So the lights were turned off one by one, and as I passed darkness followed. Down the hall I went. I poked my head into the first bedroom. #3 and #4 were fast asleep and #4 had stolen all the blankets off of her older sister. I evened out the blankets and flicked off the light.
To the next room, the two little blonde heads of #2 and #1 poke out from under their quilt. At least some of my children have learned to share their blankets. Click and the lights went out.
In the last bedroom #6 was fast asleep in his crib with his bottle dangling off his lip like a cigarette in the classic Humphrey Bogart style. In the bed across the room there was nobody. Huh, #5 was missing again. I flicked off the light switch.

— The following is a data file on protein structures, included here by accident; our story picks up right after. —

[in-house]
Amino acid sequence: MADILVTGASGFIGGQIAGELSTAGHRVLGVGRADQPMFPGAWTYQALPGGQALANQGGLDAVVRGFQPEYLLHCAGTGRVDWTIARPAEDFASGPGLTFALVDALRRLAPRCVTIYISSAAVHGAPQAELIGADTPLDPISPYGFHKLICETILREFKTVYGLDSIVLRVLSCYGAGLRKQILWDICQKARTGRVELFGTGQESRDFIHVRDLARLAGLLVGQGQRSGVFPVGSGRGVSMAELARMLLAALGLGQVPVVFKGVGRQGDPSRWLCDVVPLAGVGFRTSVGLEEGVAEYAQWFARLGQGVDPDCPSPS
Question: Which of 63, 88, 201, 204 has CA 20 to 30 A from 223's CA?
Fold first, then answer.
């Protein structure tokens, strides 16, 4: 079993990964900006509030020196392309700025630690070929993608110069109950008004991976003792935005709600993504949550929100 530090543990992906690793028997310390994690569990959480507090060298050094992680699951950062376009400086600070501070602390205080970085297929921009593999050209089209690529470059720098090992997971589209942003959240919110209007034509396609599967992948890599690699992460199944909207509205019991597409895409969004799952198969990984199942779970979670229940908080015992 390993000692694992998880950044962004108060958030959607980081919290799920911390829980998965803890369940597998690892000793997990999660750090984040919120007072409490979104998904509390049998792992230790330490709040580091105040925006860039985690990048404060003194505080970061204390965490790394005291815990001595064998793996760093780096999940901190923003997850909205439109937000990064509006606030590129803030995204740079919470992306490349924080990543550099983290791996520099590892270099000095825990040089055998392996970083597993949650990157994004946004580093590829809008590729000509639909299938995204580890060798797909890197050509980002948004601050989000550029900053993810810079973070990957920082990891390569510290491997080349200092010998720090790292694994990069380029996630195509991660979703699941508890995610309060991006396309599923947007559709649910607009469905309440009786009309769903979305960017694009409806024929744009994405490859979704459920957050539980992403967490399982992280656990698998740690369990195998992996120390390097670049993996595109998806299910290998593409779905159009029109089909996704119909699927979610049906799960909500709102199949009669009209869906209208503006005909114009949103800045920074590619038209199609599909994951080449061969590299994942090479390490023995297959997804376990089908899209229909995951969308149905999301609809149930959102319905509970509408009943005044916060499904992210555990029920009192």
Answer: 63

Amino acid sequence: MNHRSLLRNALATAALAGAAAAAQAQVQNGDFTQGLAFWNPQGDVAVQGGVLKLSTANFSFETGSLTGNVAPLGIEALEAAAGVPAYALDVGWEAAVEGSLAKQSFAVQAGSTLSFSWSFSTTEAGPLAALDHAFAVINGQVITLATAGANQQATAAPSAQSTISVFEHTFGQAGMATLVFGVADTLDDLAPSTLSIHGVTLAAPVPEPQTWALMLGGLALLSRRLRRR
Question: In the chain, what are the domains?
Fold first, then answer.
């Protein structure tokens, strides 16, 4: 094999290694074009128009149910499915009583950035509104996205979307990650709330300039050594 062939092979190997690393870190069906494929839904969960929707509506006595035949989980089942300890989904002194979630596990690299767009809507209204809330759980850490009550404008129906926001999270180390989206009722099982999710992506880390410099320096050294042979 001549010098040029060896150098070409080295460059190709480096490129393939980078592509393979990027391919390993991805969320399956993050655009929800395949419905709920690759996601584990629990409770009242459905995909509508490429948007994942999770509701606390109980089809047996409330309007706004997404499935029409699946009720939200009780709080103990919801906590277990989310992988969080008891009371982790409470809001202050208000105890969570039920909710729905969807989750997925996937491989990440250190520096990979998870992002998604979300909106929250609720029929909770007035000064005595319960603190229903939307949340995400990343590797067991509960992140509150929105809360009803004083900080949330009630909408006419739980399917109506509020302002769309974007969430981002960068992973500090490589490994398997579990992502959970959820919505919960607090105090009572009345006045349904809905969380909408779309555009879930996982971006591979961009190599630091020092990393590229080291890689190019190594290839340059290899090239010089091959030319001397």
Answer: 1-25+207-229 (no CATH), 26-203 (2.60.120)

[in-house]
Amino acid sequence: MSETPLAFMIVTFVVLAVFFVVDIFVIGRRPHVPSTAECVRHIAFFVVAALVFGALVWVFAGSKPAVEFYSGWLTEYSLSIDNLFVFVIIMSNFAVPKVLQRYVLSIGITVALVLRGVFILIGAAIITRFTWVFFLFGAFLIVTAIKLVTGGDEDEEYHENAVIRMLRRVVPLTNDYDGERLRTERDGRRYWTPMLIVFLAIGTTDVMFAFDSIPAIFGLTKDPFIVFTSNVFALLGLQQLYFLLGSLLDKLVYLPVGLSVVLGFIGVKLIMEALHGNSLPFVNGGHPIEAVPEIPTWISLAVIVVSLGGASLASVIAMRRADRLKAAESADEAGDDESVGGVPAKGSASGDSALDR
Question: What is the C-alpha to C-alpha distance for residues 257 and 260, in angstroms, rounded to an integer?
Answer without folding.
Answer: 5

After checking the laundry room for good measure, I looked into all the bedrooms again. When the second search turned up empty I poked my head into my bedroom to get backup, “Wife, do you know where our son is?”
Wife got out of bed and together we searched the bedrooms again. On the second go-through we found the little boy fast asleep under the bed of his sisters #1 and #2.
“What the devil,” I said. “What’s he doing under there?”
Upon a closer scrutiny I discovered the reason for his cave-like accommodations. A ring of chocolate circled the little boy’s mouth. The pint-sized thief had gotten into the Christmas candy, and squirreled under the bed to avoid detection.
If it had not been so late, he would have been in a lot of trouble. But as it was, with the entire household sound asleep, a pardon was in order.
#5, the two year-old, has the best imagination. He can get caught up in all kinds of invisible games and stories; shunning reality for whatever he sees hidden within his mind’s eye. He can make a toy out of most anything at hand, and he babbles his little game aloud unaware that the entire world can hear him.